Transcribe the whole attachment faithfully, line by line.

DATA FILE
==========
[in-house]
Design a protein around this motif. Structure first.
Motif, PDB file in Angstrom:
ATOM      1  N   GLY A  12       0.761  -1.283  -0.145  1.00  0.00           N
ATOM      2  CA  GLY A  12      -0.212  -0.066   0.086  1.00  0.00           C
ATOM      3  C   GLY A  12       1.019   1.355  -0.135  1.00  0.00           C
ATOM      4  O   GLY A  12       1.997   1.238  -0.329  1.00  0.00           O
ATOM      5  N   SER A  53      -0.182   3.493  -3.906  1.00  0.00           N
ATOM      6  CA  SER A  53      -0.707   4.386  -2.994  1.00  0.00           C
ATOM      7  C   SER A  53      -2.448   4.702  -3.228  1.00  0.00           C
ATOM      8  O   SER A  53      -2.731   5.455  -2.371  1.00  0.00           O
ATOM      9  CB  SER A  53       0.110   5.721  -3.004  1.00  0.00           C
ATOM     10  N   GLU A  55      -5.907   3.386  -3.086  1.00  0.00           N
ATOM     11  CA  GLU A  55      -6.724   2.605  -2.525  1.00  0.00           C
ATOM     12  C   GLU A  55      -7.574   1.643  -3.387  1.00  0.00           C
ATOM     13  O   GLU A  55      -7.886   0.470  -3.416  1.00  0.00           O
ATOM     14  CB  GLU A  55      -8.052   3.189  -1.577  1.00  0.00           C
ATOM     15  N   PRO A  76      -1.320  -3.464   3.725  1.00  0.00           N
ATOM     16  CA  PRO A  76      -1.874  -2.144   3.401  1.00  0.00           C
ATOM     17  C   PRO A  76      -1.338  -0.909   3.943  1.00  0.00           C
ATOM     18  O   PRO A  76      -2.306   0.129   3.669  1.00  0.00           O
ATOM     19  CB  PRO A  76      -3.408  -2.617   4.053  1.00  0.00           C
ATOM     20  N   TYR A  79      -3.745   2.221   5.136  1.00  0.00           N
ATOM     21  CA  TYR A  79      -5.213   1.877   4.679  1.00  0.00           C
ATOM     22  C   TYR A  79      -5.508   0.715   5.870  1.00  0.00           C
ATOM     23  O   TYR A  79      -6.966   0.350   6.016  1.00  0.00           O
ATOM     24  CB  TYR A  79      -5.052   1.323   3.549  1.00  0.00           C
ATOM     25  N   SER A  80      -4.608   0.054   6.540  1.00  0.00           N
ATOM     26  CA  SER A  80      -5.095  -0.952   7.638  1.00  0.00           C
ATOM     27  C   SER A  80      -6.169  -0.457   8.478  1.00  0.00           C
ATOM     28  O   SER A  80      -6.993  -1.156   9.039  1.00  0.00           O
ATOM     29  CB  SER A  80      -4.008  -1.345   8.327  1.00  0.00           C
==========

[in-house]
Design a protein around this motif. Structure first.
Motif, PDB file in Angstrom:
ATOM      1  N   GLY A  12       0.761  -1.283  -0.145  1.00  0.00           N
ATOM      2  CA  GLY A  12      -0.212  -0.066   0.086  1.00  0.00           C
ATOM      3  C   GLY A  12       1.019   1.355  -0.135  1.00  0.00           C
ATOM      4  O   GLY A  12       1.997   1.238  -0.329  1.00  0.00           O
ATOM      5  N   SER A  53      -0.182   3.493  -3.906  1.00  0.00           N
ATOM      6  CA  SER A  53      -0.707   4.386  -2.994  1.00  0.00           C
ATOM      7  C   SER A  53      -2.448   4.702  -3.228  1.00  0.00           C
ATOM      8  O   SER A  53      -2.731   5.455  -2.371  1.00  0.00           O
ATOM      9  CB  SER A  53       0.110   5.721  -3.004  1.00  0.00           C
ATOM     10  N   GLU A  55      -5.907   3.386  -3.086  1.00  0.00           N
ATOM     11  CA  GLU A  55      -6.724   2.605  -2.525  1.00  0.00           C
ATOM     12  C   GLU A  55      -7.574   1.643  -3.387  1.00  0.00           C
ATOM     13  O   GLU A  55      -7.886   0.470  -3.416  1.00  0.00           O
ATOM     14  CB  GLU A  55      -8.052   3.189  -1.577  1.00  0.00           C
ATOM     15  N   PRO A  76      -1.320  -3.464   3.725  1.00  0.00           N
ATOM     16  CA  PRO A  76      -1.874  -2.144   3.401  1.00  0.00           C
ATOM     17  C   PRO A  76      -1.338  -0.909   3.943  1.00  0.00           C
ATOM     18  O   PRO A  76      -2.306   0.129   3.669  1.00  0.00           O
ATOM     19  CB  PRO A  76      -3.408  -2.617   4.053  1.00  0.00           C
ATOM     20  N   TYR A  79      -3.745   2.221   5.136  1.00  0.00           N
ATOM     21  CA  TYR A  79      -5.213   1.877   4.679  1.00  0.00           C
ATOM     22  C   TYR A  79      -5.508   0.715   5.870  1.00  0.00           C
ATOM     23  O   TYR A  79      -6.966   0.350   6.016  1.00  0.00           O
ATOM     24  CB  TYR A  79      -5.052   1.323   3.549  1.00  0.00           C
ATOM     25  N   SER A  80      -4.608   0.054   6.540  1.00  0.00           N
ATOM     26  CA  SER A  80      -5.095  -0.952   7.638  1.00  0.00           C
ATOM     27  C   SER A  80      -6.169  -0.457   8.478  1.00  0.00           C
ATOM     28  O   SER A  80      -6.993  -1.156   9.039  1.00  0.00           O
ATOM     29  CB  SER A  80      -4.008  -1.345   8.327  1.00  0.00           C